In 1981, printmaker and art instructor Stephanie Pogue participated in a group Fulbright-Hayes Fellowship
to travel throughout India for the purpose of studying the country's architecture and sculpture. During a
1985 interview with Jacqueline Bontemps, Pogue fondly recalled her experience as the "most exciting
experience I have had–one is constantly bombarded by the lift of the bright sun, exotic sights and sounds,
and breathtaking vistas of ancient temples."
Upon her return to the United States, Pogue began to shift the aesthetic basis of her work from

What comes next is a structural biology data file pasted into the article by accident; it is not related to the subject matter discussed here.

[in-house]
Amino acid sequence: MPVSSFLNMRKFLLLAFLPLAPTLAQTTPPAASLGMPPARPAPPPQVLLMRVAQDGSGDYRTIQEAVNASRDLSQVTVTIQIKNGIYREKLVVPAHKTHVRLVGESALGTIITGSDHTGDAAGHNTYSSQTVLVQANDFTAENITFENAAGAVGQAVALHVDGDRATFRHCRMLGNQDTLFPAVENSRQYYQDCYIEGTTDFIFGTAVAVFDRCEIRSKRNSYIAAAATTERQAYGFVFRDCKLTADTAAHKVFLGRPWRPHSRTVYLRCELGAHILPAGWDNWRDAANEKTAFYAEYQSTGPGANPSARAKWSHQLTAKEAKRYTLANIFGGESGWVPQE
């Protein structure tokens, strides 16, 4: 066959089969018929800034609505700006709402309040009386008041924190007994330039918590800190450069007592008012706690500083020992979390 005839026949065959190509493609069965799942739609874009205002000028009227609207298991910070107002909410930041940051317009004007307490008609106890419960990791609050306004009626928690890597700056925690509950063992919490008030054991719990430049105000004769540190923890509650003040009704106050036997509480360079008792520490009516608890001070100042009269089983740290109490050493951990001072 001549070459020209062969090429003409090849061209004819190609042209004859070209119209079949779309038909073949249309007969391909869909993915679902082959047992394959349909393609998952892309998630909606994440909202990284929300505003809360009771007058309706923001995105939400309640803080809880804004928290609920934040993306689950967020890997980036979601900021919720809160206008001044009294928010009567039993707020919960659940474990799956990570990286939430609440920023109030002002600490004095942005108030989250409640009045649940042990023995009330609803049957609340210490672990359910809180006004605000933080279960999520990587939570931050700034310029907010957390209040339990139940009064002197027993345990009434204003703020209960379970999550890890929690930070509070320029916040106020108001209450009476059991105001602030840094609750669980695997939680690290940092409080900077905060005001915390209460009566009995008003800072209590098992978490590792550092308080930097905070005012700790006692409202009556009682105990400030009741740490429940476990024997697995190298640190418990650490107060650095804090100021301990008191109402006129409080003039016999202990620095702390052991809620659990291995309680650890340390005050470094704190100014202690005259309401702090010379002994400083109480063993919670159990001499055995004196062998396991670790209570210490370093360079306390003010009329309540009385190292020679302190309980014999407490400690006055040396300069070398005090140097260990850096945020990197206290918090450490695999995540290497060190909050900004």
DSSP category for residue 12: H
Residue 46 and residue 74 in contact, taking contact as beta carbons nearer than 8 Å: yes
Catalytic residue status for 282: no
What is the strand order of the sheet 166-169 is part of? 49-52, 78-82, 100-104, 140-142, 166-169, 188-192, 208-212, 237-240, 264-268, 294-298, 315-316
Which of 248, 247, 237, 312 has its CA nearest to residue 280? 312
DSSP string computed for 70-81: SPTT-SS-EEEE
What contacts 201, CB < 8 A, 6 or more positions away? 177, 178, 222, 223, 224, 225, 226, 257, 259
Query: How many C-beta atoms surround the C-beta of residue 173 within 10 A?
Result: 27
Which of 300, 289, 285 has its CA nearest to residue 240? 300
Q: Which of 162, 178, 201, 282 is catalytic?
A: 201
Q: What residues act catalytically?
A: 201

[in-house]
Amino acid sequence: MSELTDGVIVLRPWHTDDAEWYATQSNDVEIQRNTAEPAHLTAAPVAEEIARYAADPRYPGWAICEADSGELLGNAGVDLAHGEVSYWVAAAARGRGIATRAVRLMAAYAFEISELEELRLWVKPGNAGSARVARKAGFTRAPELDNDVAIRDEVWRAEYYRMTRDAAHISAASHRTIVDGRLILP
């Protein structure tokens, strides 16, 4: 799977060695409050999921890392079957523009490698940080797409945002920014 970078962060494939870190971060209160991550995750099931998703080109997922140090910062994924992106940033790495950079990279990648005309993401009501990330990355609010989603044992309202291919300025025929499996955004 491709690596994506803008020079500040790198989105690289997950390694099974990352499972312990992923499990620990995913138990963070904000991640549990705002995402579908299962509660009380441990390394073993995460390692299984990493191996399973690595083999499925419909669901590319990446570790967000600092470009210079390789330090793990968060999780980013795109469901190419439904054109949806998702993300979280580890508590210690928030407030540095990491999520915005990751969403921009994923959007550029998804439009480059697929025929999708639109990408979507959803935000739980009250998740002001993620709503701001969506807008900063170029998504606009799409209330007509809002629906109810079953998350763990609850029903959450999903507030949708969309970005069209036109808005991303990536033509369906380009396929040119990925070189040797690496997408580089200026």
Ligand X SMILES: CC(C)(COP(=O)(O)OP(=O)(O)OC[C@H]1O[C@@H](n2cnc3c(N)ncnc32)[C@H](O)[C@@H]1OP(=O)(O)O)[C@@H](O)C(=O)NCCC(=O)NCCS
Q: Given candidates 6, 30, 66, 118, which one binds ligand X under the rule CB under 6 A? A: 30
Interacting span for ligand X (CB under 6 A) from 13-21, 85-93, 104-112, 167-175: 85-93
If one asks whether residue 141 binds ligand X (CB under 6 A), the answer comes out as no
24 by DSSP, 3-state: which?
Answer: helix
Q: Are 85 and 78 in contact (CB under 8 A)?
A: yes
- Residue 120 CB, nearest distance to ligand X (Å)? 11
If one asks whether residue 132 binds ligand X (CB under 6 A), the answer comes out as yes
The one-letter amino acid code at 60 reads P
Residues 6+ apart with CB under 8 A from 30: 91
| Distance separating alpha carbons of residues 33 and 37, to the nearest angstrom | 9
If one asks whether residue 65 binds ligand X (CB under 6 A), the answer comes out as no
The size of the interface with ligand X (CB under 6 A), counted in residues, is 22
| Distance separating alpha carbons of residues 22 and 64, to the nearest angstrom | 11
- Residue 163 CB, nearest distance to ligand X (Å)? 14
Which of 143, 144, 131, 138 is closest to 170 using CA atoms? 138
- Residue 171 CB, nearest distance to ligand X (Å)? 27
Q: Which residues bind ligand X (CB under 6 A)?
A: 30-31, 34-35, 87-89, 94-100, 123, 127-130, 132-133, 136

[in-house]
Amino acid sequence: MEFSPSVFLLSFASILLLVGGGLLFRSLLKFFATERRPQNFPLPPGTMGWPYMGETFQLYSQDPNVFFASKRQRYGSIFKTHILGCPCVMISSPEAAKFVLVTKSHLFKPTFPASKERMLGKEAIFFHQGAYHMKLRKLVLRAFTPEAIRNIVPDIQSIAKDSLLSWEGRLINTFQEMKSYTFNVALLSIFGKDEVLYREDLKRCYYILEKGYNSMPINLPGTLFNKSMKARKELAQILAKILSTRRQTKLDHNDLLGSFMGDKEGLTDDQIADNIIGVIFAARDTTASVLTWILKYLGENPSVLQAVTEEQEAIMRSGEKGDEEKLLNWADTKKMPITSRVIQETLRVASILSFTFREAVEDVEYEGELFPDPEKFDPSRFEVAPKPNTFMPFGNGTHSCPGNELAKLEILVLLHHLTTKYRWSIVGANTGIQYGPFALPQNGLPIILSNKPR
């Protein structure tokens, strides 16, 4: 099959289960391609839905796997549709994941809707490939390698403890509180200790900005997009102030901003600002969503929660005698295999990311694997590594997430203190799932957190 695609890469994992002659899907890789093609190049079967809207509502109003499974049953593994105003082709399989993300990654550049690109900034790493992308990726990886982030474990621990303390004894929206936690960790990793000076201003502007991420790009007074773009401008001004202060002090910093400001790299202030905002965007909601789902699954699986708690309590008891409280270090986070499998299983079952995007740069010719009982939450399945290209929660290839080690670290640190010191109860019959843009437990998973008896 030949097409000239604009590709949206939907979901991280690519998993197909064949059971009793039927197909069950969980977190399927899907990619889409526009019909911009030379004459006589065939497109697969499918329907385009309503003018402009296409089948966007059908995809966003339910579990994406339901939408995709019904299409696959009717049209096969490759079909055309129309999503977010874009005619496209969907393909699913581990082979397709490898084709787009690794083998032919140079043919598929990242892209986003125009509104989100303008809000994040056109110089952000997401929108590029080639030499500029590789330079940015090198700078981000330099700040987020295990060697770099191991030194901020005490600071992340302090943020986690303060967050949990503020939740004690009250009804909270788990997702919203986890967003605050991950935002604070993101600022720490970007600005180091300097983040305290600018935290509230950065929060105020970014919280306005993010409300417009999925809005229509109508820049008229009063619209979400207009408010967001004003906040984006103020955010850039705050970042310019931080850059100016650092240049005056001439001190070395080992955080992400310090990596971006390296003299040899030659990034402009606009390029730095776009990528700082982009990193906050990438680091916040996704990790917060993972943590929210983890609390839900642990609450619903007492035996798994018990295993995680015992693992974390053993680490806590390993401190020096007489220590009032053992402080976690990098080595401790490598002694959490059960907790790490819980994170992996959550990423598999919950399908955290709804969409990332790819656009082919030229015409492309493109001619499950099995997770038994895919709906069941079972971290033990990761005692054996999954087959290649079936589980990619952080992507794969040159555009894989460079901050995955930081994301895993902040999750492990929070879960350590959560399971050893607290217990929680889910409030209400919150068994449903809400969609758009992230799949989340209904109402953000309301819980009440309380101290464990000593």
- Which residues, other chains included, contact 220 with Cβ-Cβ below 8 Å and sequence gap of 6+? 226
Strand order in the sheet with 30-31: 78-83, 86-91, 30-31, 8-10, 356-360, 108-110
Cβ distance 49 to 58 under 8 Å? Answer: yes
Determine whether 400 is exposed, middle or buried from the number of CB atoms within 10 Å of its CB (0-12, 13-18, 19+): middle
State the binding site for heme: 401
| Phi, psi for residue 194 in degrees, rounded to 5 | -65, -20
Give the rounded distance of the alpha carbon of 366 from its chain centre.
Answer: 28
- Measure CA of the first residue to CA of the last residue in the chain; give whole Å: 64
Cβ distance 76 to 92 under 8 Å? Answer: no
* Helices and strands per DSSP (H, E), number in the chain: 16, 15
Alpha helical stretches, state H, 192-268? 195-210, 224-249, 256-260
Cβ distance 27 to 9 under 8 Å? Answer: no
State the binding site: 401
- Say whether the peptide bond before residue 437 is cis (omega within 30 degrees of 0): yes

linear landscapes, figurative, and graphic compositions toward a more organic style emphasizing elements
of texture, muted color, and universal motifs. Even though five years had passed since she had traveled in
India, Pogue remained inspired by the seductive beauty and vitality of Indian architectural aesthetics. In
1986 she created the mixed media on paper work entitled India Pattern–Pattern of India. Pogue
states that the lyrical rhythmic patterns and colors of India Pattern–Pattern of India were based upon
the lotus blossom design in the marble floor of a palace she saw during her travels. Pogue's version was not
meant to duplicate the image on the floor but rather to recall, through her subtle use of color, texture, and
form, the muted images of the marble design under the shimmering layer of water used to cool Indian
palaces during the heat of the day. T. F.